(i) The secure and timely disposal of licensee’s data as required by applicable laws and contractual requirements.
(j) An annual internal or external risk assessment is performed on the collection agency’s protection of licensee’s data from reasona-bly foreseeable internal or external risks. Based on the results of the annual risk assessment, the collection agency shall make adjust-ments to its data security policy if warranted.
(k) The licensee can stop the virtual office’s connectivity with the network and remotely disable or wipe company issued computers and electronic devices that contain or have access to licensee’s informa-tion and data when an employee no longer has an employment relation-ship with the company.

The main disrupter is the training requirements in Washington’s Work From Home regulations. According to Underwood, the original proposal was worse. The original proposal did not allow any collection agency to have work-from-home agents. Under this new regulation, for an employee to be eligible to work from home. they need to have 45 days on “in house” (in the physical office) oversight.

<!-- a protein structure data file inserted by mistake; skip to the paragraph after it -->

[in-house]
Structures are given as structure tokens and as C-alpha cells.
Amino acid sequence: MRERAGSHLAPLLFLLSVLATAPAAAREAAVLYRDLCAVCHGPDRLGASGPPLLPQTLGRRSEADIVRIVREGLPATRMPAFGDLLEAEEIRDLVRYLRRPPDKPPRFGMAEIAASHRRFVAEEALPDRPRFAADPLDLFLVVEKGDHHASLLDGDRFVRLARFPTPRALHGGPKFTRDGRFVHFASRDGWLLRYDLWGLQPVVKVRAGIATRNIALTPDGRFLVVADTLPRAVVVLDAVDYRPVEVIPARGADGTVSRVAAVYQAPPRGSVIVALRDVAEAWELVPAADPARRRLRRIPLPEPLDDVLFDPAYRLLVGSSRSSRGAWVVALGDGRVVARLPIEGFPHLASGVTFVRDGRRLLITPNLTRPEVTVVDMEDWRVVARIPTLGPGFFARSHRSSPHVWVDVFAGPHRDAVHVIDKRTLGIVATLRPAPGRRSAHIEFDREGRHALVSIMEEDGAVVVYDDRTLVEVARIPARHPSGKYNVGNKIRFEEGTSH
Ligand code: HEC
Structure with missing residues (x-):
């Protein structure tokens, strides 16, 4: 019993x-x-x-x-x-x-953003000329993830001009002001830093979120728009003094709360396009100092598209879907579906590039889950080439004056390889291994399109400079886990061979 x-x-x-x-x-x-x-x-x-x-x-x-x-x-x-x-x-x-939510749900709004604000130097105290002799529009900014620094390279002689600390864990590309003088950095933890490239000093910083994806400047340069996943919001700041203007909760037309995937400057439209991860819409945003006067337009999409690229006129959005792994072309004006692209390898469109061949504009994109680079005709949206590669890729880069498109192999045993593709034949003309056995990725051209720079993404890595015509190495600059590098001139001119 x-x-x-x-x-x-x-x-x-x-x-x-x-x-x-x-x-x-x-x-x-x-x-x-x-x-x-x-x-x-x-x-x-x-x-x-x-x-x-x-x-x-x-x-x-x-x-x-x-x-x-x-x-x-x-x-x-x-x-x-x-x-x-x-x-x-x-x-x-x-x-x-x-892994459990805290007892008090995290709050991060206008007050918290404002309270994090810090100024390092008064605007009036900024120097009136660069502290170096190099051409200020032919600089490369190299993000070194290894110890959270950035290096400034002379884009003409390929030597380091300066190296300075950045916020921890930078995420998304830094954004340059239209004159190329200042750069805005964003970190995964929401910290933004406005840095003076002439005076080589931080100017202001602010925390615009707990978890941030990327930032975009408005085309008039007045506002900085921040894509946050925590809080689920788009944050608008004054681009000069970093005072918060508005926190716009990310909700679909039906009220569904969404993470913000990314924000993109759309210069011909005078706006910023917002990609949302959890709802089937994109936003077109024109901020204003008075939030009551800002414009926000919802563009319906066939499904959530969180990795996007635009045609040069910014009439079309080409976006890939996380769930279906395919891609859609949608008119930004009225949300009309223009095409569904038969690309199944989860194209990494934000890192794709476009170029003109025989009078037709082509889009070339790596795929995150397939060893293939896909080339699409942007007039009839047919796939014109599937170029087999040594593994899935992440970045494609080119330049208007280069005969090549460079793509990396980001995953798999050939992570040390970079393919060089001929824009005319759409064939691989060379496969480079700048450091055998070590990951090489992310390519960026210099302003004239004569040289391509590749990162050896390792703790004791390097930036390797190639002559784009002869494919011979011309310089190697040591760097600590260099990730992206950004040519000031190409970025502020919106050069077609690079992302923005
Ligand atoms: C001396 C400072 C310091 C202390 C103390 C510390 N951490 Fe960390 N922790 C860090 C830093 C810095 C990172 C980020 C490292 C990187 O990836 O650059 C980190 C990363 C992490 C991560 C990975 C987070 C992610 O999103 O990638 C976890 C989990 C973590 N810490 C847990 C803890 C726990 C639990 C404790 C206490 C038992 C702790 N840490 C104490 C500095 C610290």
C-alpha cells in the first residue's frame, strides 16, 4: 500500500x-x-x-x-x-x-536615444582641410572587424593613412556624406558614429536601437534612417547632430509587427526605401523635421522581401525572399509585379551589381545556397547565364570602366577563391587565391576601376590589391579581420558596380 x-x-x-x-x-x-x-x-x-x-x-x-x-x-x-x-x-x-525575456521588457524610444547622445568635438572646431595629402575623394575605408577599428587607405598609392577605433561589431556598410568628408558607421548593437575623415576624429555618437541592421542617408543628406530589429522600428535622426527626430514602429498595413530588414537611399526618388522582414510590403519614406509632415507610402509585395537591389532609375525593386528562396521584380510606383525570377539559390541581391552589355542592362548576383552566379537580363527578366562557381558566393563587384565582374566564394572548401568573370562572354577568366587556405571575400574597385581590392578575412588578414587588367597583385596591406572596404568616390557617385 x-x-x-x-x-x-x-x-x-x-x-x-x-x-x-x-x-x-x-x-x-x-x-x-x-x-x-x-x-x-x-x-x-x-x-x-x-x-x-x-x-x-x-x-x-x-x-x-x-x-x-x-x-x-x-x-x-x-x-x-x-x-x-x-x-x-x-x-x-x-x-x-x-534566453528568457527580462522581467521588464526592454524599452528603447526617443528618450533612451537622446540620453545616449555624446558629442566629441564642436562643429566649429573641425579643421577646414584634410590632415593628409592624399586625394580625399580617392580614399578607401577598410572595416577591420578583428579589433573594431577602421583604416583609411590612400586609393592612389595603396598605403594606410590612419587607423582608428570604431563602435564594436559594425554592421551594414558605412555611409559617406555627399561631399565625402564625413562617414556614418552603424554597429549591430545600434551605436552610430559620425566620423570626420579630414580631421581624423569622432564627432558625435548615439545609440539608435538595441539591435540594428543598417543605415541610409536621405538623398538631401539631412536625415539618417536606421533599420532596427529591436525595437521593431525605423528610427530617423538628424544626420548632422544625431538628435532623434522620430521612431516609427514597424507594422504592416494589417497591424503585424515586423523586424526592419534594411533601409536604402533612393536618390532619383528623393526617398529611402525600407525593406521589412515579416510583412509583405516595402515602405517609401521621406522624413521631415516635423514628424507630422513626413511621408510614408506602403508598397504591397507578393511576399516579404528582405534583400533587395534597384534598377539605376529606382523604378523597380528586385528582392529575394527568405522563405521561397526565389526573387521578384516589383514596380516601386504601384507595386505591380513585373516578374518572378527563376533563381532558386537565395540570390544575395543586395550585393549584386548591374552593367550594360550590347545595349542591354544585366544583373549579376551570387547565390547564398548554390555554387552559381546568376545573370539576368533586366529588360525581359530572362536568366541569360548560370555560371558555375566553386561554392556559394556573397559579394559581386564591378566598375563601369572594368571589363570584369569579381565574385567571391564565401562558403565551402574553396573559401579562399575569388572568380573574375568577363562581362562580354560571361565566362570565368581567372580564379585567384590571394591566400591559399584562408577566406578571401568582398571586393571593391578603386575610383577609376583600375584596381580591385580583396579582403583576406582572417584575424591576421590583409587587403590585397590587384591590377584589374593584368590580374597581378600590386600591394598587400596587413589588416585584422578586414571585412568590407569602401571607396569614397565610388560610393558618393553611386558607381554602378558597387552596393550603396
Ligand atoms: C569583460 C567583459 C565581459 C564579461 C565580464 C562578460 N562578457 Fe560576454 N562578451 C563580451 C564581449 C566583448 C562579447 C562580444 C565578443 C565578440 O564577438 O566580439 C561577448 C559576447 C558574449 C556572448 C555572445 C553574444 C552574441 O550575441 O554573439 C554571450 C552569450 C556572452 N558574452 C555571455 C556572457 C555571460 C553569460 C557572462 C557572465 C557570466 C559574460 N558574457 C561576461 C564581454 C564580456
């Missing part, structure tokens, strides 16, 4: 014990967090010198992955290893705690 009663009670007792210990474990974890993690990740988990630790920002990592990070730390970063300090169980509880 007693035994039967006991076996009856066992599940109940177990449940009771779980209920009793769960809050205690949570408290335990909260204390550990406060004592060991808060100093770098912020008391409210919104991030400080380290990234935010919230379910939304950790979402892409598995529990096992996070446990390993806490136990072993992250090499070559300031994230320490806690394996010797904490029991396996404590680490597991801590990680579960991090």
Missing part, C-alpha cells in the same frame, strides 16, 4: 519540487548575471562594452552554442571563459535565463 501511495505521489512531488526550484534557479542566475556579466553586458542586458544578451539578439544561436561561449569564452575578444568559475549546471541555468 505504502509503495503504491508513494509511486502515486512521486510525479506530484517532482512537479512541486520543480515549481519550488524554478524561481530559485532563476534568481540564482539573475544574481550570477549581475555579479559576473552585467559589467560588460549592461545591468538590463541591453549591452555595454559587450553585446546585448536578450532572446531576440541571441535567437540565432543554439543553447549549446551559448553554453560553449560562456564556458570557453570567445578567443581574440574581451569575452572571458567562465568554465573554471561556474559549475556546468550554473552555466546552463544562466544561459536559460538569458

This would apply for anyone hired during the pandemic at a collection agency licensed in Washington State. Or, at least, that’s the intent. The regulation doesn’t make this explicit. Underwood, however, suggests that employees who were employed at least 45 days before the date of Washington’s pandemic state of emergency would be considered to have fulfilled the “45 days of oversight” requirement.

This regulation is in effect as of 15 February 2021 — so if you haven’t already established this protocol for your Washington license, it is highly recommended that this task move a little higher up on your priority list. Washington State licensee audits will be paying close attention to these new work from home rules.